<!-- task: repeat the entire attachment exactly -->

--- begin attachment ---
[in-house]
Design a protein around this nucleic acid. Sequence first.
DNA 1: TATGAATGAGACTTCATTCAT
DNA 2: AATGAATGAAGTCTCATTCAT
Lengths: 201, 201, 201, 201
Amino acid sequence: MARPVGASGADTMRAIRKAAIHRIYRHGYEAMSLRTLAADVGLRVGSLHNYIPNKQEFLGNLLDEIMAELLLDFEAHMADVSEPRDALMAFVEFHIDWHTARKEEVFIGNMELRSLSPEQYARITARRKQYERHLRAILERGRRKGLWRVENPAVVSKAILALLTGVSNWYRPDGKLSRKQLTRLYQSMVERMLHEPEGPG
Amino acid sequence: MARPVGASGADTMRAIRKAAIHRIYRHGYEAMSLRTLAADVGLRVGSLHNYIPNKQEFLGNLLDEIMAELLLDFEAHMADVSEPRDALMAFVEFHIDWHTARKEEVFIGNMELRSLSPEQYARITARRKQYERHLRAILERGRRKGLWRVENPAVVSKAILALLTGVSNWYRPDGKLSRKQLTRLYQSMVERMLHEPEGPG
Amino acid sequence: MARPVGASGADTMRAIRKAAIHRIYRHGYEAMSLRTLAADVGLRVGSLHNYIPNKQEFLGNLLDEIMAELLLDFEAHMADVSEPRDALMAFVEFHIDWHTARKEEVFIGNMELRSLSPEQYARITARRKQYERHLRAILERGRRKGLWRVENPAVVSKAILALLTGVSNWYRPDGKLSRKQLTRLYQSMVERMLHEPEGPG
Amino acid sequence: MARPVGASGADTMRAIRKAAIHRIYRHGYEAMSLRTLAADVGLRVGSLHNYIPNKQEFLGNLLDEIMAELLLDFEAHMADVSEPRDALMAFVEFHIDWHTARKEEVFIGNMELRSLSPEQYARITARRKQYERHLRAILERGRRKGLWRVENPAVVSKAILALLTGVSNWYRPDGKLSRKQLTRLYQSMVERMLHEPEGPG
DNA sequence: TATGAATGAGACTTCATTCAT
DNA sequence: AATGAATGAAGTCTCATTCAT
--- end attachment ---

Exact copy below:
[in-house]
Design a protein around this nucleic acid. Sequence first.
DNA 1: TATGAATGAGACTTCATTCAT
DNA 2: AATGAATGAAGTCTCATTCAT
Lengths: 201, 201, 201, 201
Amino acid sequence: MARPVGASGADTMRAIRKAAIHRIYRHGYEAMSLRTLAADVGLRVGSLHNYIPNKQEFLGNLLDEIMAELLLDFEAHMADVSEPRDALMAFVEFHIDWHTARKEEVFIGNMELRSLSPEQYARITARRKQYERHLRAILERGRRKGLWRVENPAVVSKAILALLTGVSNWYRPDGKLSRKQLTRLYQSMVERMLHEPEGPG
Amino acid sequence: MARPVGASGADTMRAIRKAAIHRIYRHGYEAMSLRTLAADVGLRVGSLHNYIPNKQEFLGNLLDEIMAELLLDFEAHMADVSEPRDALMAFVEFHIDWHTARKEEVFIGNMELRSLSPEQYARITARRKQYERHLRAILERGRRKGLWRVENPAVVSKAILALLTGVSNWYRPDGKLSRKQLTRLYQSMVERMLHEPEGPG
Amino acid sequence: MARPVGASGADTMRAIRKAAIHRIYRHGYEAMSLRTLAADVGLRVGSLHNYIPNKQEFLGNLLDEIMAELLLDFEAHMADVSEPRDALMAFVEFHIDWHTARKEEVFIGNMELRSLSPEQYARITARRKQYERHLRAILERGRRKGLWRVENPAVVSKAILALLTGVSNWYRPDGKLSRKQLTRLYQSMVERMLHEPEGPG
Amino acid sequence: MARPVGASGADTMRAIRKAAIHRIYRHGYEAMSLRTLAADVGLRVGSLHNYIPNKQEFLGNLLDEIMAELLLDFEAHMADVSEPRDALMAFVEFHIDWHTARKEEVFIGNMELRSLSPEQYARITARRKQYERHLRAILERGRRKGLWRVENPAVVSKAILALLTGVSNWYRPDGKLSRKQLTRLYQSMVERMLHEPEGPG
DNA sequence: TATGAATGAGACTTCATTCAT
DNA sequence: AATGAATGAAGTCTCATTCAT